Fossil: Serving via CGI

Fossil SCM

A Fossil server can be run from most ordinary web servers as a CGI program. This feature allows Fossil to seamlessly integrate into a larger website. The self-hosting Fossil repository web site is implemented using CGI. See the How CGI Works page for background information on the CGI protocol.

To run Fossil as CGI, create a CGI script (here called "repo") in the CGI directory of your web server with content like this:

    repository: /home/fossil/repo.fossil

Adjust the paths appropriately. It may be necessary to set certain permissions on this file or to modify an .htaccess file or make other server-specific changes. Consult the documentation for your particular web server. The following permissions are normally required, but, again, may be different for a particular configuration:

  • The Fossil binary (/usr/bin/fossil in the example above) must be readable/executable.

  • All directories leading up to the Fossil binary must be readable by the process which executes the CGI.

  • The CGI script must be executable for the user under which it will run, which often differs from the one running the web server. Consult your site's documentation or the web server’s system administrator.

  • All directories leading to the CGI script must be readable by the web server.

  • The repository file and the directory containing it must be writable by the same account which executes the Fossil binary. (This might differ from the user the web server normally runs under.) The directory holding the repository file(s) needs to be writable so that SQLite can write its journal files. When using another access control system, such as AppArmor or SELinux, it may be necessary to explicitly permit that account to read and write the necessary files.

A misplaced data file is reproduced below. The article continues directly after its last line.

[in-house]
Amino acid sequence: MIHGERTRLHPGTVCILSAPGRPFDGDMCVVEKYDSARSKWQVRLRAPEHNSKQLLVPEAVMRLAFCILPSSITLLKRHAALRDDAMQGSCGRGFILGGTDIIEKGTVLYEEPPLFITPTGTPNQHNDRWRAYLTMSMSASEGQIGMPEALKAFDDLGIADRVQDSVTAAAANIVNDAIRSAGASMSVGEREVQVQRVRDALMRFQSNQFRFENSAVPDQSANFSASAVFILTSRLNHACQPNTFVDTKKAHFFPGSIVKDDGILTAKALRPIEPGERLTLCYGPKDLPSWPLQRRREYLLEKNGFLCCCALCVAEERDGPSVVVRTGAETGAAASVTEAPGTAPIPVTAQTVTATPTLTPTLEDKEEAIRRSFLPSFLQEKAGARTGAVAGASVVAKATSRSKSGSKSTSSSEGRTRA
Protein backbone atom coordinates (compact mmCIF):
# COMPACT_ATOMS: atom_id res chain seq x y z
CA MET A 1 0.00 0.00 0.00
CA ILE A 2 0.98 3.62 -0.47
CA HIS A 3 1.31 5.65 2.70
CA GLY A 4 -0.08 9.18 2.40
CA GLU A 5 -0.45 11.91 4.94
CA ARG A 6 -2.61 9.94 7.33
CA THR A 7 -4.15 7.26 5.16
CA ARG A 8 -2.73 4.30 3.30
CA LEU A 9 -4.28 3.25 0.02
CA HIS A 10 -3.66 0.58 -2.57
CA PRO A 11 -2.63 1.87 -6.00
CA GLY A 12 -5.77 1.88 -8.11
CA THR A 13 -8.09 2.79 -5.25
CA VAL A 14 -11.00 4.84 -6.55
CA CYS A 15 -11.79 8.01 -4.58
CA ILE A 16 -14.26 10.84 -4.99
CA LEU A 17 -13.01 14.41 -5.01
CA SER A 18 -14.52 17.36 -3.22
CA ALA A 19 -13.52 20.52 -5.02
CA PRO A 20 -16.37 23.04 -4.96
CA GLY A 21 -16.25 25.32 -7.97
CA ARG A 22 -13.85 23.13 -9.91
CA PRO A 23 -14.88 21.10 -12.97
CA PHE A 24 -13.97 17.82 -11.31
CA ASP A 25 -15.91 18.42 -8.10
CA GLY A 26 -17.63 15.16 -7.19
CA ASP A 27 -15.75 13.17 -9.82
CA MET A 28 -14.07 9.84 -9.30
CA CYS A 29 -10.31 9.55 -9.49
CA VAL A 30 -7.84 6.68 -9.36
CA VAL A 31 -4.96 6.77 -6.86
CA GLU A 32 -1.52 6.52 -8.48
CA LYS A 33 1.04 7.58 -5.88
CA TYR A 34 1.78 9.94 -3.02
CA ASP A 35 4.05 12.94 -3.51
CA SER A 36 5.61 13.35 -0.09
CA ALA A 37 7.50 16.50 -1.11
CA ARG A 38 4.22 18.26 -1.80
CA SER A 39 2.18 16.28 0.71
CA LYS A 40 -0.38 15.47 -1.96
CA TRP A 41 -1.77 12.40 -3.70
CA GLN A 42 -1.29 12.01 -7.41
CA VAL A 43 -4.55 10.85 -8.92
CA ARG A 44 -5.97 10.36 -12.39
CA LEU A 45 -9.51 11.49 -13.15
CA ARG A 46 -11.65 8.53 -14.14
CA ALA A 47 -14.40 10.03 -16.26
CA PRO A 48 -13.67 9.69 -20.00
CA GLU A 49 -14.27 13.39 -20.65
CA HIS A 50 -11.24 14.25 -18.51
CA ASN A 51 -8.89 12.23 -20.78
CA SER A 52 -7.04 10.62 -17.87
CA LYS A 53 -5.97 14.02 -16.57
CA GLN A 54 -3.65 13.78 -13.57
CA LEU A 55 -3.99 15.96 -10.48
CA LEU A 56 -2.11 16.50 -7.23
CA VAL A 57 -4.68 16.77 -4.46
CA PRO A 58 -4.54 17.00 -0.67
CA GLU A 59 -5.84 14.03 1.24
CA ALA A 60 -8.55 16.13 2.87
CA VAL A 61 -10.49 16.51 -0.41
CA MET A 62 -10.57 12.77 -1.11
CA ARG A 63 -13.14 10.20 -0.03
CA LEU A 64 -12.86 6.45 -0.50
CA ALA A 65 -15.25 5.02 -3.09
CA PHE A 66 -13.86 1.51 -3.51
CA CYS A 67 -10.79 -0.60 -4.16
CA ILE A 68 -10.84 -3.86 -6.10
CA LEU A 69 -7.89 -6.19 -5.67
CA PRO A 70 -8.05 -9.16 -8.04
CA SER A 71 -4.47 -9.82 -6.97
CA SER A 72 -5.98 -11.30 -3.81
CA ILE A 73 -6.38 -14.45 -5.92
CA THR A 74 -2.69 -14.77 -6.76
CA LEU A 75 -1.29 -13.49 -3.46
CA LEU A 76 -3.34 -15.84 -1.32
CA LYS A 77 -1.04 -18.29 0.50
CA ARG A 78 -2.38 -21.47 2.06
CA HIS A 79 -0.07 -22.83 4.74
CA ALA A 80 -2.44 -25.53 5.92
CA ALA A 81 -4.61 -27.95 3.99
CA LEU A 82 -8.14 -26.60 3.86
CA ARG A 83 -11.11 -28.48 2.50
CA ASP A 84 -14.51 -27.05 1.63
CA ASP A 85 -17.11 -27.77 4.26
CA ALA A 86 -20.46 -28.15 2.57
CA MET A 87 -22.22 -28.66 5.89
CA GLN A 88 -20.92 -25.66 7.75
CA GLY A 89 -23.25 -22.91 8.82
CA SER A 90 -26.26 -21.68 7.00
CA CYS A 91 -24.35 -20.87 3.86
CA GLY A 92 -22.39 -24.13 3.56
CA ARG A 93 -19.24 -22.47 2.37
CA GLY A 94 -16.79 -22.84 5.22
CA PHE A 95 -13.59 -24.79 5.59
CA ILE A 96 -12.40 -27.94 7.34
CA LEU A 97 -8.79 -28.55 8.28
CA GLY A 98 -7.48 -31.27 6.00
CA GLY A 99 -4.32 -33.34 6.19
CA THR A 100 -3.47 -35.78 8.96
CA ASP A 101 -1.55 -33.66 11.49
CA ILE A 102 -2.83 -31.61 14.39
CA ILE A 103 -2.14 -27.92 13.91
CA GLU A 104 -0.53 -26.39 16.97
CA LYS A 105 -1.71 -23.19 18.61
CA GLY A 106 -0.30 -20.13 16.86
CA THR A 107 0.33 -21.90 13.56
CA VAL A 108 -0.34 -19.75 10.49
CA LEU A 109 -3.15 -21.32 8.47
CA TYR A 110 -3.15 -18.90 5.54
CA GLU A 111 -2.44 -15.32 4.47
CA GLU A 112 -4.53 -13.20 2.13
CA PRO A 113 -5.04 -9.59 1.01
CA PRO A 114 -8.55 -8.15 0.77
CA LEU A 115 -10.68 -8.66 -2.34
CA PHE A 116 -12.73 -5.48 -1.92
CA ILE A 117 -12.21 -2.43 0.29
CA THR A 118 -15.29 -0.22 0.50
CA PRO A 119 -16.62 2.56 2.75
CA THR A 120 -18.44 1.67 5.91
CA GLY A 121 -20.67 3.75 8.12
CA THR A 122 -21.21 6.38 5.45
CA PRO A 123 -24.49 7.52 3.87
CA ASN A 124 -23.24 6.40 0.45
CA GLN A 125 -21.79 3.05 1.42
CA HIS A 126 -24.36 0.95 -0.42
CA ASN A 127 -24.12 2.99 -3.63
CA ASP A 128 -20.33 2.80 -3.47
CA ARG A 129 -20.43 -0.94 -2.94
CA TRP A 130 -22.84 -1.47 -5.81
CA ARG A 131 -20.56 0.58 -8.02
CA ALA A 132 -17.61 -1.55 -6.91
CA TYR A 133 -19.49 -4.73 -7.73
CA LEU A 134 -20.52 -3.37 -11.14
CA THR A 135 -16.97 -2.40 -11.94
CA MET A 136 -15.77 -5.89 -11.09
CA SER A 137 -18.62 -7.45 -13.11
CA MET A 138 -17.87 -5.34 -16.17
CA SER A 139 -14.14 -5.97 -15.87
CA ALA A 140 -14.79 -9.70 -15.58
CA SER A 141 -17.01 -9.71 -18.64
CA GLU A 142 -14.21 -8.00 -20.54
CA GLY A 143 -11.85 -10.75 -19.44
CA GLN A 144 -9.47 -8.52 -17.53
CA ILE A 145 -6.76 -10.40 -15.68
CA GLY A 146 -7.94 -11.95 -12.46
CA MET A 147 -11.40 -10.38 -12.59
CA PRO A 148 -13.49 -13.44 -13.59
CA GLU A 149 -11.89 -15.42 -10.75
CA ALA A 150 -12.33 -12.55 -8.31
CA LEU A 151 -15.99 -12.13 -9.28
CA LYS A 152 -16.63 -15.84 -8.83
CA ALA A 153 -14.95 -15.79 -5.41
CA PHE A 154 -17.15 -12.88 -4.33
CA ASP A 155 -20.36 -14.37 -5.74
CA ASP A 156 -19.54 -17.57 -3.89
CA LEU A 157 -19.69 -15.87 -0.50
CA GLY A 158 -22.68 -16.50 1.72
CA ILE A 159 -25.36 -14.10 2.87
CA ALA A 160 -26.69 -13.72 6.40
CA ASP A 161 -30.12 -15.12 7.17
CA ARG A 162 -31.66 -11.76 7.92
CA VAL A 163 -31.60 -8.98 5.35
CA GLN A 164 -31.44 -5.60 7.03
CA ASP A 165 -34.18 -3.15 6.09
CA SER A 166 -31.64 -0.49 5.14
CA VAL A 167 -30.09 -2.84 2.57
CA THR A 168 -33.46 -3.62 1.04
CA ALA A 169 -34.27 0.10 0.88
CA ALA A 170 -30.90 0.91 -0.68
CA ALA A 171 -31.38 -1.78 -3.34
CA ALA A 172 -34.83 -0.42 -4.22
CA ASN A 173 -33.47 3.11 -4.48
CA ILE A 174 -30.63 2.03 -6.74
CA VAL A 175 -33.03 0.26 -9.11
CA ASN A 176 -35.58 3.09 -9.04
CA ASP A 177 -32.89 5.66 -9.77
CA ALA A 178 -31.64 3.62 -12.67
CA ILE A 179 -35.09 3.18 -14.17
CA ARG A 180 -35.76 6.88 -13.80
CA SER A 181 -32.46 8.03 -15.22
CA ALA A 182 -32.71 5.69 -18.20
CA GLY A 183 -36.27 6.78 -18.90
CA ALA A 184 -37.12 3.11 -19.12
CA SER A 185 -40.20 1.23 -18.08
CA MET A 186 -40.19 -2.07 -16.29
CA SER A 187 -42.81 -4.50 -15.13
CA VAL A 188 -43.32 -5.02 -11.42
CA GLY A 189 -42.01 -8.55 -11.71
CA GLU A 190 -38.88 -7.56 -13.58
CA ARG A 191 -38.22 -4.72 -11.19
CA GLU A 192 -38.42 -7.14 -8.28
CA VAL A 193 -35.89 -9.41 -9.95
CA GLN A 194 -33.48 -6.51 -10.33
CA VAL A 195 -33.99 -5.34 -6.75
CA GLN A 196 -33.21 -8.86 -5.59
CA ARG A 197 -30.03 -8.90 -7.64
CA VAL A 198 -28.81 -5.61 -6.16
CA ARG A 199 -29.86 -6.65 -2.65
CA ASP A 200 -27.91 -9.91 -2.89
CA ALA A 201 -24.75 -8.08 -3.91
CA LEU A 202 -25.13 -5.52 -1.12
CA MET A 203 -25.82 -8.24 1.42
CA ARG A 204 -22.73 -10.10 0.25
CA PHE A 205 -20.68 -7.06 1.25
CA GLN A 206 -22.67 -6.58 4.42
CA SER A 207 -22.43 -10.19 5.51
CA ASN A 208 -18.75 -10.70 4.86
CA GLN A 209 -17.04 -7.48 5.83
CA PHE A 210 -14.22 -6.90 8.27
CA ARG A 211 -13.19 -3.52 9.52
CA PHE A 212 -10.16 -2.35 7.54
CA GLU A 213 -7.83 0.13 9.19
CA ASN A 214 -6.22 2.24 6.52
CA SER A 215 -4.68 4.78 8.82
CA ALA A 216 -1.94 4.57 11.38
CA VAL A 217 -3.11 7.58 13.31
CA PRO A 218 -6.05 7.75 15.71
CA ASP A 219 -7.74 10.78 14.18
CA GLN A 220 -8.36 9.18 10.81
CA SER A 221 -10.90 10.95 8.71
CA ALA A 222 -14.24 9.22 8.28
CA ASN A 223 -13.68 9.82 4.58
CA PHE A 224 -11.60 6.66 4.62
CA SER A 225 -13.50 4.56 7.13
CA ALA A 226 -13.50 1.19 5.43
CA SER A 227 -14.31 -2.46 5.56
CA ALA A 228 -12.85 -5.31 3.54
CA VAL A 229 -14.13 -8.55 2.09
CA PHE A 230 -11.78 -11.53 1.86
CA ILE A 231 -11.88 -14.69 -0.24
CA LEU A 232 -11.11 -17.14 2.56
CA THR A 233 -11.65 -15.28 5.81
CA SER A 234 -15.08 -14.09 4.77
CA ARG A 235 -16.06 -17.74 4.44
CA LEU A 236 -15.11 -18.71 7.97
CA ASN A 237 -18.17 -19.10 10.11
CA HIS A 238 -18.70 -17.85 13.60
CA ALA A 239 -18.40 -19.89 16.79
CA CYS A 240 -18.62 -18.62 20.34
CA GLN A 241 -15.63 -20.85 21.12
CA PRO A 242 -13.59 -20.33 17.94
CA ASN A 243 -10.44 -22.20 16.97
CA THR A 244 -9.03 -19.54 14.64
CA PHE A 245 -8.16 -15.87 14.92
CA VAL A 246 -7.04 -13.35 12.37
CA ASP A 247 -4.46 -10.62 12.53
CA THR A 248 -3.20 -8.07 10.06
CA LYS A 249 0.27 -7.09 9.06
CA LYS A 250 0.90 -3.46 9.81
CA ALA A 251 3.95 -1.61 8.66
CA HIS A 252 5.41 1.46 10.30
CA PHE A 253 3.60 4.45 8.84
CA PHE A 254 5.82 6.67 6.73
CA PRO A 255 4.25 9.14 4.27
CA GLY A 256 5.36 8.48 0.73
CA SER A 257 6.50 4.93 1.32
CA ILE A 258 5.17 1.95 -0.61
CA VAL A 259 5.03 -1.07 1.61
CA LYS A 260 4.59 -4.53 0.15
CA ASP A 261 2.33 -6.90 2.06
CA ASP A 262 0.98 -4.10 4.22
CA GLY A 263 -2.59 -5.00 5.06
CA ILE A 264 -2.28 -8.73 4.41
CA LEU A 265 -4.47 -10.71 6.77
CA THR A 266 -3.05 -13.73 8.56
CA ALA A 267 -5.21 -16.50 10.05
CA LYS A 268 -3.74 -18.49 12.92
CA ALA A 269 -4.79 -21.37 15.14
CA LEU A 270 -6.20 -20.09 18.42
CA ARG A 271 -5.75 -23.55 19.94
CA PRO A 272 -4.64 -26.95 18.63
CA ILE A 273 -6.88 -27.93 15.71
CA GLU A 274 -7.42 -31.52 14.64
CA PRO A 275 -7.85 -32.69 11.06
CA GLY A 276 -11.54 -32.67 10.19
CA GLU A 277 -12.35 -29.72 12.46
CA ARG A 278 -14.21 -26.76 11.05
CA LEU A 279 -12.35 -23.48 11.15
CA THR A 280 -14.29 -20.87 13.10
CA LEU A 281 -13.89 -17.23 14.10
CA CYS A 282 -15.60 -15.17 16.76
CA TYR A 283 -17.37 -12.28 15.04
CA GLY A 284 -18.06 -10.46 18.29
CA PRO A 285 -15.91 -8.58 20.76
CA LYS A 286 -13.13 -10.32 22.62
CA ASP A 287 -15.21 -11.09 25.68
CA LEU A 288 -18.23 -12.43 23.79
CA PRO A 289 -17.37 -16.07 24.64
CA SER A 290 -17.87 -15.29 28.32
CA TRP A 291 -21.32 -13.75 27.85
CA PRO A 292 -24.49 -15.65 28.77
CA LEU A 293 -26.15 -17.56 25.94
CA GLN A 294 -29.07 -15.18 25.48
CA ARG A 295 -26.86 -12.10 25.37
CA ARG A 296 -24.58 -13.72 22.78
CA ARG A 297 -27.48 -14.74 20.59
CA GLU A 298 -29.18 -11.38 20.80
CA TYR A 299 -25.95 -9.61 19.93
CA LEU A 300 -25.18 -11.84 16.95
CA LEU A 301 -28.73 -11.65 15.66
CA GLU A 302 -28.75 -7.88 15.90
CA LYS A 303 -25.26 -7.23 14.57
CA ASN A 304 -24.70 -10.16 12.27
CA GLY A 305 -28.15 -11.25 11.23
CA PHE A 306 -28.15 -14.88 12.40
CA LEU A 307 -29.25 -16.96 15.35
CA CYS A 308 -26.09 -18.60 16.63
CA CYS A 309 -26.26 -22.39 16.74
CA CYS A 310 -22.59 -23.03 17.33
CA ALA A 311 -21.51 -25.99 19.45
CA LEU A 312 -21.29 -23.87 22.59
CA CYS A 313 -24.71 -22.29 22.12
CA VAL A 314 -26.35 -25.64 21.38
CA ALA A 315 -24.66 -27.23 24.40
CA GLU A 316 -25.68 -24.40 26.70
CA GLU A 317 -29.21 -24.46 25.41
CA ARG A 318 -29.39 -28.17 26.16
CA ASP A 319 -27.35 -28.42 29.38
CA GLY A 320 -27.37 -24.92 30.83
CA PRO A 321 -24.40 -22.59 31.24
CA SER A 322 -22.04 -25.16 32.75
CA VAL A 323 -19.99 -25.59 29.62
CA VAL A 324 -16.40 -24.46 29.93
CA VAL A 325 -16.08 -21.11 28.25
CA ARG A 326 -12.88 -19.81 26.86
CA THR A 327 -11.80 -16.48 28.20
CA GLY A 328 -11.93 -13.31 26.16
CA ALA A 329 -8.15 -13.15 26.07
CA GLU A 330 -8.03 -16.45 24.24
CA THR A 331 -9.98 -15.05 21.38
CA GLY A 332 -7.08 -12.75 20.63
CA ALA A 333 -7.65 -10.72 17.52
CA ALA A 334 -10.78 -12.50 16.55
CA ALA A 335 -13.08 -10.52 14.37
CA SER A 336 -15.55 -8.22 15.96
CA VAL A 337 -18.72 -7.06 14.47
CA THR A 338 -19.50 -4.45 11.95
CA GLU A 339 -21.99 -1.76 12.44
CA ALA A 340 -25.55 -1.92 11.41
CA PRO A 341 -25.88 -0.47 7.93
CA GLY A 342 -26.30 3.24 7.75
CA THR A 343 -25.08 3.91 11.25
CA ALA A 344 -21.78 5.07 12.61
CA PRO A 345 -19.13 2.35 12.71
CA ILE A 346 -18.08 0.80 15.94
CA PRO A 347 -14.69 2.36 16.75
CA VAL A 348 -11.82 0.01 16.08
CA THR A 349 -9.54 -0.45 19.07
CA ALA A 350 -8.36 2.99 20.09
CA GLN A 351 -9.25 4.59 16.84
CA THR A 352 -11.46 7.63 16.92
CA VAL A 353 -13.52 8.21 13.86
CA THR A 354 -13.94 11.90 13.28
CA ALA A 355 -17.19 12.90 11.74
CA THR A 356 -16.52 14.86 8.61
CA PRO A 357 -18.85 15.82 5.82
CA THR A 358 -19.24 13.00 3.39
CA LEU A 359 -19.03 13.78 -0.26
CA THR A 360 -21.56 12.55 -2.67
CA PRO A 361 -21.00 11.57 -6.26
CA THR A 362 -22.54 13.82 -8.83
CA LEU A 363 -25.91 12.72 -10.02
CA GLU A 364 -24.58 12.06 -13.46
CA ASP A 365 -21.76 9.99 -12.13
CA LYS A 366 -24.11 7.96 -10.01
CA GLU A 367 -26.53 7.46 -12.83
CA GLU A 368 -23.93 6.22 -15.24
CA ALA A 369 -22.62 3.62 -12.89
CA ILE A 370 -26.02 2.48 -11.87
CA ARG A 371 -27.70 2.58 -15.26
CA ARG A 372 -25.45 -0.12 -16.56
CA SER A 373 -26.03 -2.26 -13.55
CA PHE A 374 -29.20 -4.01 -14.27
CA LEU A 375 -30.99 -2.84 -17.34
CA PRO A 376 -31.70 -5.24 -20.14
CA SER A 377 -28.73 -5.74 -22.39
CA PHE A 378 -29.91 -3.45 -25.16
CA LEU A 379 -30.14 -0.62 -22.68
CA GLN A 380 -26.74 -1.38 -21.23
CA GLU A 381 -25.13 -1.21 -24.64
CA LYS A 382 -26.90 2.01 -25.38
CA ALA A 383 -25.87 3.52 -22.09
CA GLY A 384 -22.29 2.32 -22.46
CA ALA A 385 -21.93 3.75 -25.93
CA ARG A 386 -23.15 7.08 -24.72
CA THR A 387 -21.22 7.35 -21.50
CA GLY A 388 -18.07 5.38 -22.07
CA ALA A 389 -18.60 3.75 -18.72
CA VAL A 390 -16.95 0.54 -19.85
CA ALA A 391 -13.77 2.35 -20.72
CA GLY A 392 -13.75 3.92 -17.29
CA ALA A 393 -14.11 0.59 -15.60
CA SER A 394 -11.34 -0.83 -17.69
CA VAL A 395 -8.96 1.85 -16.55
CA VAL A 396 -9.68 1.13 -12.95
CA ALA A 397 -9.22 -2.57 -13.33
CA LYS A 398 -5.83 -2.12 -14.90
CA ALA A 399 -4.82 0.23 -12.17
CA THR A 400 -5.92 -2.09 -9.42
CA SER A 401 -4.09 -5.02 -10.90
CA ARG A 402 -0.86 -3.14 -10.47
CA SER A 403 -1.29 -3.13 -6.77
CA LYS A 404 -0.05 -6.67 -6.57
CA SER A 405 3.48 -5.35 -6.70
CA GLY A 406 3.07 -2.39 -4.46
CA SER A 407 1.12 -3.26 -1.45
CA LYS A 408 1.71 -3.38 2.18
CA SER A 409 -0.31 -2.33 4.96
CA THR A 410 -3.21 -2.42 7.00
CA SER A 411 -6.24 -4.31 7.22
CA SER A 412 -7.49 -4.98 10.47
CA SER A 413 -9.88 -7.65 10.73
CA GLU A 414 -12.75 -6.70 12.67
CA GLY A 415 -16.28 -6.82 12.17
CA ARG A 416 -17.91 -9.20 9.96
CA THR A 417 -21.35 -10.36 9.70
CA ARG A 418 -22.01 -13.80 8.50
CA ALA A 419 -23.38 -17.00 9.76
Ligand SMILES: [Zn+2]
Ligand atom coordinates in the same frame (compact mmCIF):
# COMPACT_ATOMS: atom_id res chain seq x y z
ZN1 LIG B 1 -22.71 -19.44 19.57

• Fossil must be able to create temporary files in a directory that varies by host OS. When the CGI process is operating within a chroot, ensure that this directory exists and is readable/writeable by the user who executes the Fossil binary.

Once the CGI script is set up correctly, and assuming your server is also set correctly, you should be able to access your repository with a URL like: This is assuming you are running a web server like Apache that uses a “cgi-bin” directory for scripts like our “repo” example.

To serve multiple repositories from a directory using CGI, use the "directory:" tag in the CGI script rather than "repository:". You might also want to add a "notfound:" tag to tell where to redirect if the particular repository requested by the URL is not found:

    directory: /home/fossil/repos
    notfound: http://url-to-go-to-if-repo-not-found/

Once deployed, a URL like: will serve up the repository /home/fossil/repos/XYZ.fossil if it exists.

Additional options available to the CGI script are documented separately.

CGI with Apache behind an Nginx proxy

For the case where the Fossil repositories live on a computer, itself behind an Internet-facing machine that employs Nginx to reverse proxy HTTP(S) requests and take care of the TLS part of the connections in a transparent manner for the downstream web servers, the CGI parameter HTTPS=on might not be set. However, Fossil in CGI mode needs it in order to generate the correct links.

Apache can be instructed to pass this parameter further to the CGI scripts for TLS connections with a stanza like

    SetEnvIf X-Forwarded-Proto "https" HTTPS=on

in its config file section for CGI, provided that

    proxy_set_header  X-Forwarded-Proto $scheme;

has been be added in the relevant proxying section of the Nginx config file.

Return to the top-level Fossil server article.